Is social work viable?
Social work has a positive effect on the well-being and health of the people it helps. It is a broad discipline and focuses on supporting children, youth, the elderly, families, people with general social support needs and/or job seekers. Social Work Works! has asked Ecorys to provide insight into the added value of social work and how many different types of activities contribute to it. Therefore, we have provided a rationale for making decisions on optimal use of the financial resources available to the sector.
Our research shows sufficient indications that social work is socially profitable. In fact, social work has a positive effect in several areas. For example, it has a positive effect on well-being and health, it contributes directly and indirectly to the reduction of healthcare utilization, it leads to a healthier and more productive labor force, and it improves quality of life. Due to a lack of data, it is not possible to generalize the conclusions drawn and make an accurate estimate of the economic returns of social work. Social work is complex and diverse, making interventions difficult to distinguish from one another. For this reason, the effect of one intervention can only be approached with a lot of data.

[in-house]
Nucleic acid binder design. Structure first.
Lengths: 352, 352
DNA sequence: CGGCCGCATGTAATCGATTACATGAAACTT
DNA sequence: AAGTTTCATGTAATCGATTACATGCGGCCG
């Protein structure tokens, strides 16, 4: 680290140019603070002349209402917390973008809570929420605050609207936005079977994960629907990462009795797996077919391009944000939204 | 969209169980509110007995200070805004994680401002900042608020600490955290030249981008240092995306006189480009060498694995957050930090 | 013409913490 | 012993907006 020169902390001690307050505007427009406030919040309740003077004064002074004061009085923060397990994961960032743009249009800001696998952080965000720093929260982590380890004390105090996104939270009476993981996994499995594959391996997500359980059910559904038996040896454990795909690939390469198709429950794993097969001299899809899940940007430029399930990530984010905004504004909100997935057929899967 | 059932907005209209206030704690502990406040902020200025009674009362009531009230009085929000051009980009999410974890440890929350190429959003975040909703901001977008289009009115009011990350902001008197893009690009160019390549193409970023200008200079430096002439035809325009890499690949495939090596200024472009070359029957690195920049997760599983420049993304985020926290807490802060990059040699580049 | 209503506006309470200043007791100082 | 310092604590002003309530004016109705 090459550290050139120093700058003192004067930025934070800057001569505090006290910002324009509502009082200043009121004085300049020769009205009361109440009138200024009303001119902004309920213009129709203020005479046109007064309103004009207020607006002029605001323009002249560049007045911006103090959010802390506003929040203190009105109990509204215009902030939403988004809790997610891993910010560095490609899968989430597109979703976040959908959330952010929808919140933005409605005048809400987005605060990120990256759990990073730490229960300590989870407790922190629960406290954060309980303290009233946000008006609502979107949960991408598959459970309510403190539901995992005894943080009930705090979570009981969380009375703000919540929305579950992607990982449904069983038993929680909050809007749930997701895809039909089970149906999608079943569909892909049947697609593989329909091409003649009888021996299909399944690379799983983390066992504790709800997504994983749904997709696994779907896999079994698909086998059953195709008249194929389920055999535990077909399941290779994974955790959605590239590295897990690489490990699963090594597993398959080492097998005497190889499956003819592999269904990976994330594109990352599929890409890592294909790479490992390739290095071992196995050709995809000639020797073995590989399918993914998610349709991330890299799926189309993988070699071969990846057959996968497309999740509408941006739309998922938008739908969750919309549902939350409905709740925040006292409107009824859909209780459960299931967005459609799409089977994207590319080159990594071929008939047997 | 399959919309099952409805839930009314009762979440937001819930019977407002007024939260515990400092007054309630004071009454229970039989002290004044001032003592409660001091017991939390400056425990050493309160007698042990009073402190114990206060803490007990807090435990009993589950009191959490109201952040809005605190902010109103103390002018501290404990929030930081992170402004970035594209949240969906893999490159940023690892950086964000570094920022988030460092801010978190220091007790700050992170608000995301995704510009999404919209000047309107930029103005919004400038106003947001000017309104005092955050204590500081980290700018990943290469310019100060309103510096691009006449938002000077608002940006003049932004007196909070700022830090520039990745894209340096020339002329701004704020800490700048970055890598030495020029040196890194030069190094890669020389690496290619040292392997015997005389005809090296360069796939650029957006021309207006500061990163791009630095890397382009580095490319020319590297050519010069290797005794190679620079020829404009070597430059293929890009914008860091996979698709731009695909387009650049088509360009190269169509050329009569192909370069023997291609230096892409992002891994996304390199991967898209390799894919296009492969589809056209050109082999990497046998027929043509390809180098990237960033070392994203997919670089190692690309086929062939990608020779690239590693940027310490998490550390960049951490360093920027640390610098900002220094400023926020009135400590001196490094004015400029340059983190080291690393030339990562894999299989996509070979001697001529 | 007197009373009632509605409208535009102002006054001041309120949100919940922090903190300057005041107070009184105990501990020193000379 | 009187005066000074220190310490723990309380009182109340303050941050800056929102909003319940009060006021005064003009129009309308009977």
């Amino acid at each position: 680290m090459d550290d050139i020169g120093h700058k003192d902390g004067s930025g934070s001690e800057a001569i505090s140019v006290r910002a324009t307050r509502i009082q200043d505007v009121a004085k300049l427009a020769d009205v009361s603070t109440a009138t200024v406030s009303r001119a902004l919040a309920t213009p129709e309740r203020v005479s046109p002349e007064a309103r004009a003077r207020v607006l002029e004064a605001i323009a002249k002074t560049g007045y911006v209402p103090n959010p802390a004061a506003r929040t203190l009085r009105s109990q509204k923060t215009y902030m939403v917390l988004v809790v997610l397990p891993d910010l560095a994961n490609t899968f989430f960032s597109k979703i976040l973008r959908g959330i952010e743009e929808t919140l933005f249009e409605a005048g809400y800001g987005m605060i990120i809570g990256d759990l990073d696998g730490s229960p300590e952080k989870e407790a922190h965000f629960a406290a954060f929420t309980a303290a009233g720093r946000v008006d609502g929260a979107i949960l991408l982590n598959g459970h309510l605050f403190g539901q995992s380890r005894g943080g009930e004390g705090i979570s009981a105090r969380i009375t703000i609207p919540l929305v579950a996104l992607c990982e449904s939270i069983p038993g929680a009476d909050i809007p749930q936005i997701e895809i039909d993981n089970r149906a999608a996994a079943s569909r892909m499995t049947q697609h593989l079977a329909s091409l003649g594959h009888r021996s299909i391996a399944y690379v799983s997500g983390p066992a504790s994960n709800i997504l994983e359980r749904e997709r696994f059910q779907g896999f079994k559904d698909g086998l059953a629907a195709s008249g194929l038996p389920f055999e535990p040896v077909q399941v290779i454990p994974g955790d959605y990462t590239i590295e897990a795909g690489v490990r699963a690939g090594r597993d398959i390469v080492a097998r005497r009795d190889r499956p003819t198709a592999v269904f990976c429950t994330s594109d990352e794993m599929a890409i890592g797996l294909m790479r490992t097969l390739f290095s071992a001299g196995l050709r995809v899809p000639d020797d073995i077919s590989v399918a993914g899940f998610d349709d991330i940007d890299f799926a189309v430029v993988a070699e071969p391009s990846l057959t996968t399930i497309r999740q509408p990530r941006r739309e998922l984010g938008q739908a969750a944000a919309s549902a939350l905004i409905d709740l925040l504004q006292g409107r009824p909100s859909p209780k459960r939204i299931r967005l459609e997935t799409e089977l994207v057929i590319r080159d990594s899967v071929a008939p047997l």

In our research, we also examined the potential for scaling up social work. Several relevant preconditions exist for this scaling up. The first precondition is program-level factors, such as an established program structure. The second precondition is at the professional level, such as broadening the competencies of social workers. The third is at the (local) political level, such as sustainable relationship management between the municipality and a social work organization. The last is an impact evaluation study of social work, so that we can learn more about the effects of social work.
Finally, the added value of the substitute and preventive functions of social work deserve more attention. This means that social work can take over tasks from caregivers or eliminate the need for expensive support. On the one hand, however, this positive effect is limited by external factors, such as budgets. On the other hand, this positive effect is limited by internal factors, namely the lack of understanding the elements of social work that determine added value.